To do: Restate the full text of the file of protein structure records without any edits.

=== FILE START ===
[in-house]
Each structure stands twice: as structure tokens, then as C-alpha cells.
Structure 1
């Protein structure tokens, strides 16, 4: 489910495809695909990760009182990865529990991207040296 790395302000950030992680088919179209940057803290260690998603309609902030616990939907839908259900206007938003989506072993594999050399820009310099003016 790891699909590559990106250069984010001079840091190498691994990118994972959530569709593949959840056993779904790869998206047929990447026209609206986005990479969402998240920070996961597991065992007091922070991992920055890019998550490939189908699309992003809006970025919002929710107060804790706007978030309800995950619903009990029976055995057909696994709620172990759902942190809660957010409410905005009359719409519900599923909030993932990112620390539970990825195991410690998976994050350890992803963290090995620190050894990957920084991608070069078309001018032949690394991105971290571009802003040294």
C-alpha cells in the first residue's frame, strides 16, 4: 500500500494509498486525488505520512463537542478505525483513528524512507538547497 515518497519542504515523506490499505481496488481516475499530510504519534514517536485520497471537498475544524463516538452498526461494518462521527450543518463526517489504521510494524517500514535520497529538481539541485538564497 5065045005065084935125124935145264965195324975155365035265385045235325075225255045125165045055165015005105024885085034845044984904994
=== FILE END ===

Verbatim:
[in-house]
Each structure stands twice: as structure tokens, then as C-alpha cells.
Structure 1
């Protein structure tokens, strides 16, 4: 489910495809695909990760009182990865529990991207040296 790395302000950030992680088919179209940057803290260690998603309609902030616990939907839908259900206007938003989506072993594999050399820009310099003016 790891699909590559990106250069984010001079840091190498691994990118994972959530569709593949959840056993779904790869998206047929990447026209609206986005990479969402998240920070996961597991065992007091922070991992920055890019998550490939189908699309992003809006970025919002929710107060804790706007978030309800995950619903009990029976055995057909696994709620172990759902942190809660957010409410905005009359719409519900599923909030993932990112620390539970990825195991410690998976994050350890992803963290090995620190050894990957920084991608070069078309001018032949690394991105971290571009802003040294």
C-alpha cells in the first residue's frame, strides 16, 4: 500500500494509498486525488505520512463537542478505525483513528524512507538547497 515518497519542504515523506490499505481496488481516475499530510504519534514517536485520497471537498475544524463516538452498526461494518462521527450543518463526517489504521510494524517500514535520497529538481539541485538564497 5065045005065084935125124935145264965195324975155365035265385045235325075225255045125165045055165015005105024885085034845044984904994